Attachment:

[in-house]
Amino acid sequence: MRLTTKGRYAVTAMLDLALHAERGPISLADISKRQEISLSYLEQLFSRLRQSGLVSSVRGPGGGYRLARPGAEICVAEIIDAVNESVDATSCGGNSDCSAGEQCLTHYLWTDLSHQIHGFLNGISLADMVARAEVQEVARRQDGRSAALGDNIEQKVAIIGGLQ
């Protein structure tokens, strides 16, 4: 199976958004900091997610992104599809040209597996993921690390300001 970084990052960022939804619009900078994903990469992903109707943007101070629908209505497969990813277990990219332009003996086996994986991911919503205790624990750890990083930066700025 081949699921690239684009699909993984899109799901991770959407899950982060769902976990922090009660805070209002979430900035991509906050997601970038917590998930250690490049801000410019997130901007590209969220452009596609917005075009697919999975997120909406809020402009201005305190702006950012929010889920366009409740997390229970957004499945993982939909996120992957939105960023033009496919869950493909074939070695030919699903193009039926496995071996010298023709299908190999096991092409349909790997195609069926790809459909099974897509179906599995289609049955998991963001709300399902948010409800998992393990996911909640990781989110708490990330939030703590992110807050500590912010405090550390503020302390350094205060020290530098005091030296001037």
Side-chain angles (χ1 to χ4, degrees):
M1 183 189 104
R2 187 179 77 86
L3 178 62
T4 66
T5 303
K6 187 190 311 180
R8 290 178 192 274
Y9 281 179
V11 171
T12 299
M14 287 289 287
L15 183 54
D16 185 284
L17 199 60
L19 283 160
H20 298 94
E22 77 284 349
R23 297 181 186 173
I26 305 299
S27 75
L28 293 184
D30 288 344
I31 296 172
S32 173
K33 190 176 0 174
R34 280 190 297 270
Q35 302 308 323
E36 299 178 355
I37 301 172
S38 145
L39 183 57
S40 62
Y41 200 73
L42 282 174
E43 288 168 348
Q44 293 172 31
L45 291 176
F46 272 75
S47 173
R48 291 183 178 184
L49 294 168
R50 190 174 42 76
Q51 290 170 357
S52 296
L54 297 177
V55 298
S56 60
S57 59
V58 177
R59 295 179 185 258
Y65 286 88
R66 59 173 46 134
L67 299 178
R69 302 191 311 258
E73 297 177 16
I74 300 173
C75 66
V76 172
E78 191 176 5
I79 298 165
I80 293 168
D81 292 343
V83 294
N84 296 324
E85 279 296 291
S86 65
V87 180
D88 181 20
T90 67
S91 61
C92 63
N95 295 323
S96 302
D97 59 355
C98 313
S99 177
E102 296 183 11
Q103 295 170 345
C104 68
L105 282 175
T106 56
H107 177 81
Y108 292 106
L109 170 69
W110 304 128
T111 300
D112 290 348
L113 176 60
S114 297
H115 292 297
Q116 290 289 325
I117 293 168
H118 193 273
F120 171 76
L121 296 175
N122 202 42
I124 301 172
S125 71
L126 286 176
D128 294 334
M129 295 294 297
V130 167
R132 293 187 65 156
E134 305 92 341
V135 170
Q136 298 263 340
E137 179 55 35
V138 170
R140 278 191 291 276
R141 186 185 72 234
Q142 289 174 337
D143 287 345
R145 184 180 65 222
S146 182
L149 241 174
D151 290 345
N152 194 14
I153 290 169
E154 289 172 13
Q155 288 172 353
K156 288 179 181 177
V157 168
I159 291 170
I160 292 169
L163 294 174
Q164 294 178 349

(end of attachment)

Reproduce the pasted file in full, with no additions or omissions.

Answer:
[in-house]
Amino acid sequence: MRLTTKGRYAVTAMLDLALHAERGPISLADISKRQEISLSYLEQLFSRLRQSGLVSSVRGPGGGYRLARPGAEICVAEIIDAVNESVDATSCGGNSDCSAGEQCLTHYLWTDLSHQIHGFLNGISLADMVARAEVQEVARRQDGRSAALGDNIEQKVAIIGGLQ
């Protein structure tokens, strides 16, 4: 199976958004900091997610992104599809040209597996993921690390300001 970084990052960022939804619009900078994903990469992903109707943007101070629908209505497969990813277990990219332009003996086996994986991911919503205790624990750890990083930066700025 081949699921690239684009699909993984899109799901991770959407899950982060769902976990922090009660805070209002979430900035991509906050997601970038917590998930250690490049801000410019997130901007590209969220452009596609917005075009697919999975997120909406809020402009201005305190702006950012929010889920366009409740997390229970957004499945993982939909996120992957939105960023033009496919869950493909074939070695030919699903193009039926496995071996010298023709299908190999096991092409349909790997195609069926790809459909099974897509179906599995289609049955998991963001709300399902948010409800998992393990996911909640990781989110708490990330939030703590992110807050500590912010405090550390503020302390350094205060020290530098005091030296001037």
Side-chain angles (χ1 to χ4, degrees):
M1 183 189 104
R2 187 179 77 86
L3 178 62
T4 66
T5 303
K6 187 190 311 180
R8 290 178 192 274
Y9 281 179
V11 171
T12 299
M14 287 289 287
L15 183 54
D16 185 284
L17 199 60
L19 283 160
H20 298 94
E22 77 284 349
R23 297 181 186 173
I26 305 299
S27 75
L28 293 184
D30 288 344
I31 296 172
S32 173
K33 190 176 0 174
R34 280 190 297 270
Q35 302 308 323
E36 299 178 355
I37 301 172
S38 145
L39 183 57
S40 62
Y41 200 73
L42 282 174
E43 288 168 348
Q44 293 172 31
L45 291 176
F46 272 75
S47 173
R48 291 183 178 184
L49 294 168
R50 190 174 42 76
Q51 290 170 357
S52 296
L54 297 177
V55 298
S56 60
S57 59
V58 177
R59 295 179 185 258
Y65 286 88
R66 59 173 46 134
L67 299 178
R69 302 191 311 258
E73 297 177 16
I74 300 173
C75 66
V76 172
E78 191 176 5
I79 298 165
I80 293 168
D81 292 343
V83 294
N84 296 324
E85 279 296 291
S86 65
V87 180
D88 181 20
T90 67
S91 61
C92 63
N95 295 323
S96 302
D97 59 355
C98 313
S99 177
E102 296 183 11
Q103 295 170 345
C104 68
L105 282 175
T106 56
H107 177 81
Y108 292 106
L109 170 69
W110 304 128
T111 300
D112 290 348
L113 176 60
S114 297
H115 292 297
Q116 290 289 325
I117 293 168
H118 193 273
F120 171 76
L121 296 175
N122 202 42
I124 301 172
S125 71
L126 286 176
D128 294 334
M129 295 294 297
V130 167
R132 293 187 65 156
E134 305 92 341
V135 170
Q136 298 263 340
E137 179 55 35
V138 170
R140 278 191 291 276
R141 186 185 72 234
Q142 289 174 337
D143 287 345
R145 184 180 65 222
S146 182
L149 241 174
D151 290 345
N152 194 14
I153 290 169
E154 289 172 13
Q155 288 172 353
K156 288 179 181 177
V157 168
I159 291 170
I160 292 169
L163 294 174
Q164 294 178 349